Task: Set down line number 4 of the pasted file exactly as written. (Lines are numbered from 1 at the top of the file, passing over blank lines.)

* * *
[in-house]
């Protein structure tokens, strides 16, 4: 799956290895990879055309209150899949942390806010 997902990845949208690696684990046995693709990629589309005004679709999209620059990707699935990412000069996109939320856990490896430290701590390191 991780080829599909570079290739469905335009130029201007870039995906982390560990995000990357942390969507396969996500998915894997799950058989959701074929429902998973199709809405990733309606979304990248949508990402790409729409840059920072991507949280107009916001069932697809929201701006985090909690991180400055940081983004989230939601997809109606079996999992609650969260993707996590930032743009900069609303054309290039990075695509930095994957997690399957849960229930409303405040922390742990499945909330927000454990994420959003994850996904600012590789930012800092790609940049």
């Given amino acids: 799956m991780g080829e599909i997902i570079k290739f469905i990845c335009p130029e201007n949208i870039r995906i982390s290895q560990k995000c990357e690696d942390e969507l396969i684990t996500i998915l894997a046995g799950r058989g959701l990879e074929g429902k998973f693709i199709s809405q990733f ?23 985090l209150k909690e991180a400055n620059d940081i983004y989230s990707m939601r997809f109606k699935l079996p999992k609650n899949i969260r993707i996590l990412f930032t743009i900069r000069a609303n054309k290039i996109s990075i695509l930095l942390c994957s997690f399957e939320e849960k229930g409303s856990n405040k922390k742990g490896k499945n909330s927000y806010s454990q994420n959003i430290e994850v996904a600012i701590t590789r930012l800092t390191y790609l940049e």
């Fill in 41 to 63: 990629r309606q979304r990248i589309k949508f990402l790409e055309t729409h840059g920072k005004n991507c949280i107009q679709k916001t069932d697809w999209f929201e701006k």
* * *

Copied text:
């Fill in 41 to 63: 990629r309606q979304r990248i589309k949508f990402l790409e055309t729409h840059g920072k005004n991507c949280i107009q679709k916001t069932d697809w999209f929201e701006k």